ferent dispersers (agoutis, squirrels) may move seeds differ-
ent distances from the parent tree. Also, tree-fall gap
formation may generate clumps of characteristics sizes,
especially for light-demanding species. Four of the five spe-
cies in this study have low shade tolerance, and thus
recruitment is elevated in tree-fall gaps (Table 1). Previous
studies (Plotkin et al. 2002; Wiegand et al. 2007, 2009)
have quantified clustering properties at different spatial
scales, but all within plots of 50 ha. Our results suggest
different critical clustering sizes continue to develop at lar-
ger spatial scales and imply that it would be useful in future
studies to apply techniques such as those of Plotkin et al.
(2002) and Wiegand et al. (2007) to landscape-scale data
sets, so as to analyse a larger range of spatial patterns and
their underlying causes.
Some of the clump sizes were quite large at the larg-
est spatial scales, ranging from 120 m for A. standleya-
num to 500 m for J. copaia at the whole-island scale
(1560 ha). It is debatable whether these large clump
sizes represent dispersal limitation (‘self-organized
clumping’) or clumping due to habitat associations
(‘imposed clumping’). However, it must be remembered
that the trees studied here are canopy-sized individuals
with large crowns that exist at low densities inter-
spersed mainly with crowns of other species. Therefore,
a clump of 20 trees of one of the target species may
cover many hectares. However, J. copaia at the plot size
400 ha had clump sizes exceeding 200 m and more
than 40 trees per clump. In these cases, the PCP
method may be characterizing clumping patterns related
to habitat associations rather than dispersal.
Once the effect of spatial aggregation (predominantly
due to dispersal limitation) was accounted for, habitat
associations that emerged in tests under CSR often disap-
peared. While some previous studies of habitat association
have treated trees as independent units without account-
ing for the natural clumping that may arise from dispersal
limitation (e.g.Baillie et al. 1987; Clark et al. 1999; Dalle
et al. 2002; Blundell & Peart 2004; Eilu et al. 2004; Costa
et al. 2005), recent studies that do include dispersal limita-
tion find that aggregation patterns have a strong effect on
the number of planthabitat associations found for a spe-
cies (Plotkin et al. 2000; Svenning et al. 2006; Bohlman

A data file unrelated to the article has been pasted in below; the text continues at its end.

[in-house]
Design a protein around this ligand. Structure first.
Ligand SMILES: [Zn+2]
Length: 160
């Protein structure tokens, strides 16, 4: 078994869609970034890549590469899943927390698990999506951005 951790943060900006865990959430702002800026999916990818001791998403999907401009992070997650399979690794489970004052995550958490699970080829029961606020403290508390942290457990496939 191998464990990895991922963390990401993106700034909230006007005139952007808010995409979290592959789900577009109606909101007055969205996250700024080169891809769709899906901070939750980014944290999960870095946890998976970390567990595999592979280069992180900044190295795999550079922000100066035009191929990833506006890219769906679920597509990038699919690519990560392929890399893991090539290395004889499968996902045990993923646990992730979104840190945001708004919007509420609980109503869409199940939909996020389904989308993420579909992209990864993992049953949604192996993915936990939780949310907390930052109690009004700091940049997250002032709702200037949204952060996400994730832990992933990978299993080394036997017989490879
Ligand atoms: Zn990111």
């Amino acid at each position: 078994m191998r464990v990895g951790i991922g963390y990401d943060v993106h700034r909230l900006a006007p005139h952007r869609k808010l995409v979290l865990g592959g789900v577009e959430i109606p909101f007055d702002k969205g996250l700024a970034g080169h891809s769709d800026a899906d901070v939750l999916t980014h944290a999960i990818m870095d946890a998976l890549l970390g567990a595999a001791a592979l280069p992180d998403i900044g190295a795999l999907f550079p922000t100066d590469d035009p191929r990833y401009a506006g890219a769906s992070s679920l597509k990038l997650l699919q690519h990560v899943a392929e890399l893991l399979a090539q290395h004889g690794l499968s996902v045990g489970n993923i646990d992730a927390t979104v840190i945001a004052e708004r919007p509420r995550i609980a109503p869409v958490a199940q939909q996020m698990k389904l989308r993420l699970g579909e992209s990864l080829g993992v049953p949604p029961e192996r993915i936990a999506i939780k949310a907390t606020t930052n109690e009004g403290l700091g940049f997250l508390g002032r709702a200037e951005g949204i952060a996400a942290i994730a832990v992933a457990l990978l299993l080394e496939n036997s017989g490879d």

et al. 2008; Leithead et al. 2009). Unique to this study is
evidence of how clumping patterns operate at multiple
spatial scales. In fact, we found the largest reduction in
habitat associations between CSR and PCP occurred at the
largest spatial scales, which were rarely used in previous
studies.
Journal of Vegetation Science
Doi: 10.1111/jvs.12090©2013 International Association for Vegetation Science 359
C.X. Garzon-Lopez et al. Scale-dependence of habitat association in tropical trees
We propose the following conceptual model (Fig. 6)
that integrates the probability of detecting habitat associa-
tions based on (1) species-specific scales of dispersal and
population density; (2) scale-dependent heterogeneity of
the environmental variable being studied; and (3) whether
species- and scale-dependent clumping patterns are
included in the analysis of habitat associations (in this case,
CSR vs PCP model). The probability of detecting habitat
associations increases with sampling scale as the amount of
habitat heterogeneity and number of individuals of the tar-
get species increases until thresholds are reached for both
habitat heterogeneity (specific to the spatial arrangement
of the environmental variable under study) and number of
individuals evaluated (dependent of the spatial arrange-
ment and density of the tree species studied). Above these
thresholds, the probability of detecting habitat associations
levels off. Below the maximum dispersal length of the tar-
get species, CSR will have a higher probability of detections
than PCP because CSR will be erroneously attributing
some clumping patterns due to dispersal to habitat associa-
tions. Above the habitat heterogeneity threshold, some of
the clumping patterns quantified by PCP may not be
related to dispersal, but rather to habitat association, thus
decreasing the probability of detecting habitat associations
for PCP vs CSR. Additional studies are needed to distin-
guish whether clumping patterns, especially those at large
spatial scales, are due to dispersal characteristics or habitat
heterogeneity.
Our study supports the emerging view that the spatial
distribution of tropical tree species involves both niche dif-
ferentiation and dispersal limitation, where relative impor-
tance of both factors varies with spatial scale. Rather than
being two contrasting processes, niche differentiation and
dispersal limitation interact with each other. This implies
that dispersal limitation needs to be accounted for when
niche differences are studied and vice versa.
Acknowledgements
We thank Helene Muller-Landau for her valuable help
with the aerial photos taken by Marcos Guerra, and the
Smithsonian Tropical Research Institute for their logistical
support. We are very grateful to Joe Wright for his vital
support. We wish to thank Sara Pinzon-Navarro, Noelle
Beckman and Eduardo Medina for all their support and
help in the analysis. This work was funded by the Ubbo
Emmius scholarship programme of the University of Gron-
ingen (CXG).
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Supporting Information
Additional supporting information may be found in the
online version of this article:
Appendix S1. Methods and outcomes of published
studies on habitat associations of tropical forest trees.
Appendix S2. Ripley’s Kfunctions for five species on
Barro Colorado Island, Panama.
Appendix S3. Table of habitat associations in CSR-